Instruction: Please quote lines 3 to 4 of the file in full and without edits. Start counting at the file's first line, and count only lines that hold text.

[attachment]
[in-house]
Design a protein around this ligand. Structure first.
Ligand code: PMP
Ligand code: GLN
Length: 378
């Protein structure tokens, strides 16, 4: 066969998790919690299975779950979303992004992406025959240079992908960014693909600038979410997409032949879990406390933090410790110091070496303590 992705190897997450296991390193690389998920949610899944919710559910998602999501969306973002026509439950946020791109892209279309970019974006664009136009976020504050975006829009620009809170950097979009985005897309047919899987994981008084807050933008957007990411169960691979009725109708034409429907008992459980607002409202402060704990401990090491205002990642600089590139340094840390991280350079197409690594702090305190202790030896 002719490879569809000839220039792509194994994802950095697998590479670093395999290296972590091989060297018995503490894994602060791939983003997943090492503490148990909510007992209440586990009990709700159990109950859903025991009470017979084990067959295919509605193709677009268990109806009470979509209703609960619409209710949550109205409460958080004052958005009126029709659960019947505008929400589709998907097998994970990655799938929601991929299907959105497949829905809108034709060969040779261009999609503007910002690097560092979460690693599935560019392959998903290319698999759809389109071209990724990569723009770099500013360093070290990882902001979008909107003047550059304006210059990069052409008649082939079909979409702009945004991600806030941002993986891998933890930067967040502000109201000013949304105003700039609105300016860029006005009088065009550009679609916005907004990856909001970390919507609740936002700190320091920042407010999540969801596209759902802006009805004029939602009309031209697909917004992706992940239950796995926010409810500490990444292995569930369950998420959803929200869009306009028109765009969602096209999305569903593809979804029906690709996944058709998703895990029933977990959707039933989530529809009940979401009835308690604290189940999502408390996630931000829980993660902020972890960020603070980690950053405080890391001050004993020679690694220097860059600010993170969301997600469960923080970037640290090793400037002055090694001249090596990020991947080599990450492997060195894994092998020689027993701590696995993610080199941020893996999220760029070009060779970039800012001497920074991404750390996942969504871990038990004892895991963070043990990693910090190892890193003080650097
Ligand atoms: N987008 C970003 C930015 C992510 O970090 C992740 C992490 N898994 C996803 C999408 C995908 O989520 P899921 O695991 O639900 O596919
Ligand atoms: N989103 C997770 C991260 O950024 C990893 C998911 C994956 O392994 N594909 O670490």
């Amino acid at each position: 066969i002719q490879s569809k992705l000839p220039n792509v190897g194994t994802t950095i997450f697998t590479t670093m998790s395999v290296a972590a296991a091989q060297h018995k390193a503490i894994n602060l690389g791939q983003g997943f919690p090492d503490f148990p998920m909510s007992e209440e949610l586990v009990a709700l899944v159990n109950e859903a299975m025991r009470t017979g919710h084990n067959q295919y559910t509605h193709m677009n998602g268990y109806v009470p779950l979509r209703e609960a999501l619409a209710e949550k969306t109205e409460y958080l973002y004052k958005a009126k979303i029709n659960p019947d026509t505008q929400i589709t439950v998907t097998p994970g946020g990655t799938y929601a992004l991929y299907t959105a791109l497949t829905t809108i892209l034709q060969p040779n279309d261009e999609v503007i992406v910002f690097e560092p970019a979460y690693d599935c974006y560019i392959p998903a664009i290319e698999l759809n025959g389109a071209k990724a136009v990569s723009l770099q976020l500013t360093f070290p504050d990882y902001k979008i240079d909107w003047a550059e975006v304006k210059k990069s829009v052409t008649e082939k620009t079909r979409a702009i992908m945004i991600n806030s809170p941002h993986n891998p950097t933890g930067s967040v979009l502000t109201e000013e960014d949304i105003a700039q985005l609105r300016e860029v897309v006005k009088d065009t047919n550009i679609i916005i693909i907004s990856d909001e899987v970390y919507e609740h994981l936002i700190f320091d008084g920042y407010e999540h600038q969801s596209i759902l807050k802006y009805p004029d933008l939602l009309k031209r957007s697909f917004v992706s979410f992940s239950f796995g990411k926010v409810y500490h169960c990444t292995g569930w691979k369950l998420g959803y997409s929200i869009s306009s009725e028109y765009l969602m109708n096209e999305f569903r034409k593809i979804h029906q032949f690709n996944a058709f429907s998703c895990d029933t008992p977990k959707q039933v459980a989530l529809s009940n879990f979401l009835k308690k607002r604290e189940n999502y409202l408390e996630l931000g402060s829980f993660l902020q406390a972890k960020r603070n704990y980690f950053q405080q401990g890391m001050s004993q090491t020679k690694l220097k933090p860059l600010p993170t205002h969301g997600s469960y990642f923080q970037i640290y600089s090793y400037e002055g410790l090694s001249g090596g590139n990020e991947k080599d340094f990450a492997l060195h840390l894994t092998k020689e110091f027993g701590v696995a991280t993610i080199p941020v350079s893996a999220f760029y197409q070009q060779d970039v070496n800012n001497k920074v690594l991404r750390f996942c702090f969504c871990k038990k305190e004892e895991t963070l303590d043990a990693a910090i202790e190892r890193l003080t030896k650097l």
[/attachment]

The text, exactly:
Ligand code: PMP
Ligand code: GLN